The SOM Foundation has announced the winners of the 2018 SOM Foundation Research Prize. Two teams—one led by North Carolina State University and one comprising representatives from the NewSchool of Architecture and Design, the University of Southern California, and Esri—will each receive a grant of $40,000 to conduct original research. These are the inaugural winners of the SOM Foundation Research Prize, which was created in 2018 to cultivate new ideas and meaningful research with the goal of addressing critical issues of our time. This year’s topic, Humanizing High Density, seeks to tackle the unprecedented rate of mass migration to urban centers worldwide.
In the Foundation’s call for submissions, applicants were asked to address the challenges design professionals currently face in creating built environments that optimize urban density while advancing human well-being and resiliency. Each proposing team was asked to explain how their research will integrate other disciplines to scientifically understand these topics.
The first winning team, whose abstract is titled "Natural Light and Health in Urban Environments," is led by a team from North Carolina State University (NCSU). The team includes: Dr. Wayne Place, Architecture; Dr. Jianxin Hu, Architecture; Dr. Stephen Terry, Mechanical and Aerospace; Dr. Jing Feng, Psychology; and Dr. Traci Rider, Architecture. The group will explore human perception and health as impacted by access to natural light. They will assess glazing technologies in urban settings and develop a full-scale, experimental module that will allow individuals to occupy and experience the luminous environment. Research will be conducted in conjunction with an ongoing studio course focused on tall building design at NCSU’s School of Architecture.
The second winning team is led by Dr. Kristine Mun of the NewSchool of Architecture and Design; Biayna Bogosian, a professor at the University of Southern California; and Namju Lee, a product engineer with computer software company Esri. Their abstract, titled "Architectural Standards Guide from a Neurological Perspective: On Urbanism," explains how research shows that urban contexts often lead to depression, loneliness, and psychological stresses. The team will address this complex problem through the lens of neuroscience by measuring signals of the body and brain as correlated to place. The research will initiate the first "Architectural Standards Guide from a Neurological Perspective" for designers.
"These two teams were chosen because their proposals demonstrate a rigorous approach to research that will involve diverse disciplines, robust data gathering and analysis, and the testing of design hypotheses in a studio environment," said SOM Foundation Co-Chair Leo Chow, FAIA. "We expect their efforts to result in a clear work product that will be extremely valuable to architectural, urban design, and related professions."
A jury comprising SOM Foundation Directors and renowned experts selected the winning teams. Jurors included Luís M. A. Bettencourt and Jason McLennan. Bettencourt is the Pritzker Director of the Mansueto Institute for Urban Innovation and Professor of Ecology and Evolution at the University of Chicago, as well as External Professor of Complex Systems at the Santa Fe Institute. McLennan is the creator of the Living Building Challenge—a green building certification program and sustainable design framework, and primary author of the WELL Building Standard. He serves as Chairman of the International Living Future Institute and is CEO of McLennan Design.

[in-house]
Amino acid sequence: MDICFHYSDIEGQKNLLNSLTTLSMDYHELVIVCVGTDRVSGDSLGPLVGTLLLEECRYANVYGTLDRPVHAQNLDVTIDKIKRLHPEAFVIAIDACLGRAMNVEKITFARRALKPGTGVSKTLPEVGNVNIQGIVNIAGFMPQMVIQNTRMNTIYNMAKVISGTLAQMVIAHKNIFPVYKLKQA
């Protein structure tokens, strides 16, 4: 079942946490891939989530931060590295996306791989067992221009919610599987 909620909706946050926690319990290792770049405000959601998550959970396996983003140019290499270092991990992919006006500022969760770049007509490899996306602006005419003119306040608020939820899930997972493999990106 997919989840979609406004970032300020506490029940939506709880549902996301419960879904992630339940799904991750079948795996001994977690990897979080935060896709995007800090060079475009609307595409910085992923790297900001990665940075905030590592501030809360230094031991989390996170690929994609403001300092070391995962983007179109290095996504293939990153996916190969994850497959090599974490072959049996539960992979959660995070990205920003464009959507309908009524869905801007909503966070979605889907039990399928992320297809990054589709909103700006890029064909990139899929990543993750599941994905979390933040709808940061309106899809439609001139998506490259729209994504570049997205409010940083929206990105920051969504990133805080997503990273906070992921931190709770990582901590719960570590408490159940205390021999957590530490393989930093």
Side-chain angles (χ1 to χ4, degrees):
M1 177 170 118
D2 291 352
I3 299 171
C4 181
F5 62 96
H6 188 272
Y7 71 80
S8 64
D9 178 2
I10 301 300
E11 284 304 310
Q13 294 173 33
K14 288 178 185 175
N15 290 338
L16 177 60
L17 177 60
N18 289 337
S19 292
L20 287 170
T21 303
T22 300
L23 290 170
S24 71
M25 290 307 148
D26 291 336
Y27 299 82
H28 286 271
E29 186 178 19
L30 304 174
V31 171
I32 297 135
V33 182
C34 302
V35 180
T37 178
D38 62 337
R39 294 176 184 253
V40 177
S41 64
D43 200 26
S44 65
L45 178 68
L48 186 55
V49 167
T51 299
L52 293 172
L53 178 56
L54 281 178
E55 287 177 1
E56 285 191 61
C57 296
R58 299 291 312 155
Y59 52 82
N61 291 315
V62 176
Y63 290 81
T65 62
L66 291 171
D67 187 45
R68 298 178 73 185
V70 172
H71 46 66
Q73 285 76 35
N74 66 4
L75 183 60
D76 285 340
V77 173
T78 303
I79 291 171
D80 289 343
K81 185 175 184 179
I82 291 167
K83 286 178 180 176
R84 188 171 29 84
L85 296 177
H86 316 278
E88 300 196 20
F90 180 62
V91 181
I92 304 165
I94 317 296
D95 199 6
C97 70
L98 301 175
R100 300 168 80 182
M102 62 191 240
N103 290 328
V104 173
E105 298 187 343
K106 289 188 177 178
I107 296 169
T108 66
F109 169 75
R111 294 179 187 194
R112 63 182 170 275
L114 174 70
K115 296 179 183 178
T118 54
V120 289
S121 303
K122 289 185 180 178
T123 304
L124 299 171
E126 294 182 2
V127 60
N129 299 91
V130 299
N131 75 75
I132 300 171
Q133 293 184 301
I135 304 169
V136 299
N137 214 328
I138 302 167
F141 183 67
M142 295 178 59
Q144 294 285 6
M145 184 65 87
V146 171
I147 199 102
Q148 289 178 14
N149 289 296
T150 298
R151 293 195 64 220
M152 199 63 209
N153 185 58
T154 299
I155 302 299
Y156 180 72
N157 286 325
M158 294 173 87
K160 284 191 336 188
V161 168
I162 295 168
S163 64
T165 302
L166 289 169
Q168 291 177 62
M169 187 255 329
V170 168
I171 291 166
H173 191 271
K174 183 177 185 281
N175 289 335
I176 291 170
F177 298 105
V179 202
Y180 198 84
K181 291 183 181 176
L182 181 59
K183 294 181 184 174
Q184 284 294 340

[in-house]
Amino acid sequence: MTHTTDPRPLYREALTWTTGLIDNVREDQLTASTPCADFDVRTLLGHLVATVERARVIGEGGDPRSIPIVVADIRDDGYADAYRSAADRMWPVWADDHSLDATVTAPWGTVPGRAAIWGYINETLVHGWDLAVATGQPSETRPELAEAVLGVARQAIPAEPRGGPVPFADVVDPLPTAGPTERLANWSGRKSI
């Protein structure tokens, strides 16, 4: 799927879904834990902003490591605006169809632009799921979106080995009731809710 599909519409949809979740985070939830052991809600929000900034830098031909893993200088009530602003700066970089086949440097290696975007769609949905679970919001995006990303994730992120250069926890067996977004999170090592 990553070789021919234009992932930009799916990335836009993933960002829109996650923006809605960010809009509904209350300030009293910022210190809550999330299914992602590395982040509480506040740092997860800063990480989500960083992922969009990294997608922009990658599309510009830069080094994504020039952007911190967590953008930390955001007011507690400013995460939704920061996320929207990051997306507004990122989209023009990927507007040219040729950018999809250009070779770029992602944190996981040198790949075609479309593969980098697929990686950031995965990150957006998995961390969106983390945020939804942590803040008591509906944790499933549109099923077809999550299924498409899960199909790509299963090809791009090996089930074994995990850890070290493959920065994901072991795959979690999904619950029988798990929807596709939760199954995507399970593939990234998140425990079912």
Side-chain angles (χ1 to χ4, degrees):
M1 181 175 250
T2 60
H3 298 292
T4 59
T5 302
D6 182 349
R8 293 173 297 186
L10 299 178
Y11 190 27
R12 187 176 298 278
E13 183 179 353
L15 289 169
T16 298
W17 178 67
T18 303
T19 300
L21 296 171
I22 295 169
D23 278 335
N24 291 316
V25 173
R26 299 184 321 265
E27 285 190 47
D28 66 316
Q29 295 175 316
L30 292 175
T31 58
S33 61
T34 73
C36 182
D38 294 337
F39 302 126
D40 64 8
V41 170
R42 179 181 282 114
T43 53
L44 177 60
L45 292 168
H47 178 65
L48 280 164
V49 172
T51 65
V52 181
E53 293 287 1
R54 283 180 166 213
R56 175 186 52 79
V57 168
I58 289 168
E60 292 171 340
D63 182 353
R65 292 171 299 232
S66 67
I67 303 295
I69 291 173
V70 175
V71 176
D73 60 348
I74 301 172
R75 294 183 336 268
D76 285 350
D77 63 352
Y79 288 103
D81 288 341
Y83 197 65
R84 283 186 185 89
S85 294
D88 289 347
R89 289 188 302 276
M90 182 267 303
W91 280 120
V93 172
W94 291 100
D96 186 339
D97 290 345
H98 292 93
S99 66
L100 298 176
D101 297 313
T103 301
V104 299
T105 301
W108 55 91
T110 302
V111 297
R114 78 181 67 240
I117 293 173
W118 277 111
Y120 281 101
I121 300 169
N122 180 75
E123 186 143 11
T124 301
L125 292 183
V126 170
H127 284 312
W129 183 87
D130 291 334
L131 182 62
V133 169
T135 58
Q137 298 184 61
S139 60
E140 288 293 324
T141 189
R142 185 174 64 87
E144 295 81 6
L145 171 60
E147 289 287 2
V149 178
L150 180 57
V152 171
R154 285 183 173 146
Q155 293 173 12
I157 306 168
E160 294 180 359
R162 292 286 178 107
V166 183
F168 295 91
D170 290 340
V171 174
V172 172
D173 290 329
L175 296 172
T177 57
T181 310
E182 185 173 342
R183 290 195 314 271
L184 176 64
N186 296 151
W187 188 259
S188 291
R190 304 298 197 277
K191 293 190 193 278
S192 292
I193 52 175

"I applaud the SOM Foundation for helping to fund and support research that has the potential to improve the entire profession,” said McLennan. "This year’s winners are innovative in their focus on ways to improve the quality of the built environment, using research to shine a light on new findings and approaches that could inform future design decisions."
"The nature and the tools of urban design and architecture are changing, and we now have the tangible opportunity, maybe for the first time, to fundamentally understand people holistically in relation to their built environment," said Bettencourt. "This research prize brings science and design closer together and speaks to an emerging interdisciplinary understanding of cities."
Prize recipients are expected to collaborate with faculty and leaders from various disciplines to pursue their research topics. They will be required to thoroughly document their findings and develop suggestions for application to professional practice. SOM’s Foundation Advisory Board is also anticipated to have interim interactions for the purpose of providing feedback and focus to maintain a high level of excellence throughout each team’s research efforts.
About the SOM Foundation
The SOM Foundation grants awards to students and faculty of architecture, design, urban design, and structural engineering. The Foundation’s goal is to advance the design profession’s ability to address the key topics of our time through the support of groups and individuals, each with the highest possible design aspirations and desire to undertake rigorous interdisciplinary research. Established in 1981, the SOM Foundation offers five annual awards across the United States, the United Kingdom, and China.